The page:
Wolves get a profile by Shoot, with the headline “Wolves Are Biting Again”, and so it briefly proved, as they won the League Cup that season. The rest of the decade wasn’t as good for Wolves.

In Northern Ireland, Portadown defender Herbie Pearson fears his career could be over, while QPR saw off competition from Manchester United and Everton to sign Northern Ireland Schoolboy international Alan McDonald, while Bobby Carlisle has signed for Newry Town, who have ambitions of joining Northern Ireland’s top flight.

Gordon McQueen uses his column to describe Scotland’s European Championship Qualifier against Austria as “Win or bust”

The draw for the 1982 World Cup is coming up soon, and Shoot previews this and how it will be decided, as this is the first 24 team World Cup. Shoot writes that there is a possibility of two UK teams being paired together, and so it proved, when Scotland and Northern Ireland were paired in the same group.

In ads, Phil Neal is advertising Gola.

Derek Johnstone uses his column to deny he had a punch-up with Scotland manager Ally McLeod.

Meanwhile, teenage defender Tommy Caton is juggling playing for Manchester City with his studies. He is interviewed by Shoot and says he is yet to face his biggest footballing examination, a match against Joe Jordan.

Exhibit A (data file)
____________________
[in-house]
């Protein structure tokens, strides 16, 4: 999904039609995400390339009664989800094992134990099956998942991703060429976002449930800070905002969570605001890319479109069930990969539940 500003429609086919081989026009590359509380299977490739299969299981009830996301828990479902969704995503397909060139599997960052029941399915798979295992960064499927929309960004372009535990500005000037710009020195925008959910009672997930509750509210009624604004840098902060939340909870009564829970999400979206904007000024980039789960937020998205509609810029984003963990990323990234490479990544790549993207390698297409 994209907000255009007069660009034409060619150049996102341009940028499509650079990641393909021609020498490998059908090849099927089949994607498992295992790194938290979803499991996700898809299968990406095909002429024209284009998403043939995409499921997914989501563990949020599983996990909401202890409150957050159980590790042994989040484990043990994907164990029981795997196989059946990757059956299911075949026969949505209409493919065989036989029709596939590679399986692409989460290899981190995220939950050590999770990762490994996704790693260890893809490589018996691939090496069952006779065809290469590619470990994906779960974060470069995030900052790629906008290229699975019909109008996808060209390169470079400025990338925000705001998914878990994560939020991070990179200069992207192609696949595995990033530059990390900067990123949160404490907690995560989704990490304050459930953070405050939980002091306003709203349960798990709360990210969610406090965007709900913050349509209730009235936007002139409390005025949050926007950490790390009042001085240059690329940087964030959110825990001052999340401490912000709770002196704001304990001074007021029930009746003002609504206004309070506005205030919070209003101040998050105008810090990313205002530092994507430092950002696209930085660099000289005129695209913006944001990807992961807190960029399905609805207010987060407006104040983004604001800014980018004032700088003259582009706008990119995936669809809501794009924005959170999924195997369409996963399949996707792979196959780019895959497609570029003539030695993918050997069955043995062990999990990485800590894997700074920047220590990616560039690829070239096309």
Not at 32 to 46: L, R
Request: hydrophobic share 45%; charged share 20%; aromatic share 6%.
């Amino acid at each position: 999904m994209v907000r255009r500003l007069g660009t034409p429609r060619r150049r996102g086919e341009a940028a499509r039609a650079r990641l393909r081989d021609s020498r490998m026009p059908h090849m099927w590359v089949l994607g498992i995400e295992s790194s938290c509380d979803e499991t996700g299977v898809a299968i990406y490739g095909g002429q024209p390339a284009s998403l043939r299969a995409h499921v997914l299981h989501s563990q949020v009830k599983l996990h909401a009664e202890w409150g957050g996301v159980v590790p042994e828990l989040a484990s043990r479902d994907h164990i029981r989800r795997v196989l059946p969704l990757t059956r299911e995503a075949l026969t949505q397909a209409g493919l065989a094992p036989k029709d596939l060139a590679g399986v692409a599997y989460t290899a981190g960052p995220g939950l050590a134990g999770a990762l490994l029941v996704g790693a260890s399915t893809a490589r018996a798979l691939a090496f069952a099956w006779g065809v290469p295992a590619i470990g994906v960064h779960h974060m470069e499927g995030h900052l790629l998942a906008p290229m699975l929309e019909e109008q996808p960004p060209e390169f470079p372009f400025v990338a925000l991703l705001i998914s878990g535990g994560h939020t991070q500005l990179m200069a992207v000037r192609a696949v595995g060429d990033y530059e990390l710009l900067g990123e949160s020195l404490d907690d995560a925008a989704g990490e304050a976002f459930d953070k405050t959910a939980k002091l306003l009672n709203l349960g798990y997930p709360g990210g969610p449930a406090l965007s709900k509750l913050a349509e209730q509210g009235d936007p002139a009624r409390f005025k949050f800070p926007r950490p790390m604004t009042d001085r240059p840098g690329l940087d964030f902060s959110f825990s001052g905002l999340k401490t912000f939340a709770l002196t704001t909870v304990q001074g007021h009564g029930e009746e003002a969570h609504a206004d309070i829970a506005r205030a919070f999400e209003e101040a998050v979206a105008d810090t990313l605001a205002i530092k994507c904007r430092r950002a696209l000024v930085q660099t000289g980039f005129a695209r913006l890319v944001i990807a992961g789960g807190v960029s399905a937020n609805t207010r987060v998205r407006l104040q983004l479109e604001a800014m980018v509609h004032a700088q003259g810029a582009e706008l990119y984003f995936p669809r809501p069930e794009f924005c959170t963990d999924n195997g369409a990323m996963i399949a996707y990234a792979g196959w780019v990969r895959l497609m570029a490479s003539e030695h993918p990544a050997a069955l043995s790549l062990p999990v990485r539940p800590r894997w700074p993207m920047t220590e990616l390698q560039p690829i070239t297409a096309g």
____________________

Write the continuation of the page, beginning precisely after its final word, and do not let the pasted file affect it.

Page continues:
MAGAZINE ARCHIVE : SHOOT – 22.9.1979

Nottingham Forest winger John Robertson, pictured holding the European Cup, is the cover star accompanied by the headline “CAN FOREST RETAIN THE EUROPEAN CUP?”, as Europe’s three competitions are getting ready to swing into action.

The biggest threat to Forest’s grip on the trophy, in Robertson’s opinion, came from Liverpool, who he said he hope would get put out early, but admitted the two teams playing in the final would be great for English football.

As it turned out, Liverpool had an early exit, a First Round exit to Soviet team Dinamo Tblisi, while Forest would go on and retain the trophy, beating Hamburg 1-0 in Madrid.